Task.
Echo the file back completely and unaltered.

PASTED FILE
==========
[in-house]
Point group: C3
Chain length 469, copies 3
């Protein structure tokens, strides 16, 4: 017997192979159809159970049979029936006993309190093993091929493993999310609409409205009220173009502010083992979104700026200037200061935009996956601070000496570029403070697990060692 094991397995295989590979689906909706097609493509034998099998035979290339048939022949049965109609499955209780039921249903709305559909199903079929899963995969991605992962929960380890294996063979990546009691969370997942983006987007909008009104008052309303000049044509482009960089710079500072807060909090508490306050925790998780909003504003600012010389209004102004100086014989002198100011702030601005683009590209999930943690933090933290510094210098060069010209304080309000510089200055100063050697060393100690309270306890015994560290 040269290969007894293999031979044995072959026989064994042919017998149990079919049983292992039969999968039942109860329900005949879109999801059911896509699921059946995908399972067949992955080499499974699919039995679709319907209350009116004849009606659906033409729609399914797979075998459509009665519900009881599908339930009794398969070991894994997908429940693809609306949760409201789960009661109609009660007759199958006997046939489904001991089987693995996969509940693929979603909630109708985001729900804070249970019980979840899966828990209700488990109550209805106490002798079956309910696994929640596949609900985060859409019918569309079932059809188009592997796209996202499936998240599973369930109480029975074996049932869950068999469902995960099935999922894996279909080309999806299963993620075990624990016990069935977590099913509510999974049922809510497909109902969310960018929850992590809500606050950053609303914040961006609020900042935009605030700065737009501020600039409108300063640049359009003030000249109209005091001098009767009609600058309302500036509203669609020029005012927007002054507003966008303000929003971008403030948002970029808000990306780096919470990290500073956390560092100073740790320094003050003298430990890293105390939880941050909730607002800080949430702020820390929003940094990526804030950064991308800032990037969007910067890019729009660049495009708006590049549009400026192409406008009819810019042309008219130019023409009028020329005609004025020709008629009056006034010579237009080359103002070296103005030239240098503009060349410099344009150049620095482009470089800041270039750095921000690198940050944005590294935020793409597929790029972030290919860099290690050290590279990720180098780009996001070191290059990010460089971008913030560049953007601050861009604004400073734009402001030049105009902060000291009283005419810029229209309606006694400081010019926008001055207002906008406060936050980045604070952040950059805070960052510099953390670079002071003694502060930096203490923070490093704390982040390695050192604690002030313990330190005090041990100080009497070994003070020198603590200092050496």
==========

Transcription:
[in-house]
Point group: C3
Chain length 469, copies 3
């Protein structure tokens, strides 16, 4: 017997192979159809159970049979029936006993309190093993091929493993999310609409409205009220173009502010083992979104700026200037200061935009996956601070000496570029403070697990060692 094991397995295989590979689906909706097609493509034998099998035979290339048939022949049965109609499955209780039921249903709305559909199903079929899963995969991605992962929960380890294996063979990546009691969370997942983006987007909008009104008052309303000049044509482009960089710079500072807060909090508490306050925790998780909003504003600012010389209004102004100086014989002198100011702030601005683009590209999930943690933090933290510094210098060069010209304080309000510089200055100063050697060393100690309270306890015994560290 040269290969007894293999031979044995072959026989064994042919017998149990079919049983292992039969999968039942109860329900005949879109999801059911896509699921059946995908399972067949992955080499499974699919039995679709319907209350009116004849009606659906033409729609399914797979075998459509009665519900009881599908339930009794398969070991894994997908429940693809609306949760409201789960009661109609009660007759199958006997046939489904001991089987693995996969509940693929979603909630109708985001729900804070249970019980979840899966828990209700488990109550209805106490002798079956309910696994929640596949609900985060859409019918569309079932059809188009592997796209996202499936998240599973369930109480029975074996049932869950068999469902995960099935999922894996279909080309999806299963993620075990624990016990069935977590099913509510999974049922809510497909109902969310960018929850992590809500606050950053609303914040961006609020900042935009605030700065737009501020600039409108300063640049359009003030000249109209005091001098009767009609600058309302500036509203669609020029005012927007002054507003966008303000929003971008403030948002970029808000990306780096919470990290500073956390560092100073740790320094003050003298430990890293105390939880941050909730607002800080949430702020820390929003940094990526804030950064991308800032990037969007910067890019729009660049495009708006590049549009400026192409406008009819810019042309008219130019023409009028020329005609004025020709008629009056006034010579237009080359103002070296103005030239240098503009060349410099344009150049620095482009470089800041270039750095921000690198940050944005590294935020793409597929790029972030290919860099290690050290590279990720180098780009996001070191290059990010460089971008913030560049953007601050861009604004400073734009402001030049105009902060000291009283005419810029229209309606006694400081010019926008001055207002906008406060936050980045604070952040950059805070960052510099953390670079002071003694502060930096203490923070490093704390982040390695050192604690002030313990330190005090041990100080009497070994003070020198603590200092050496």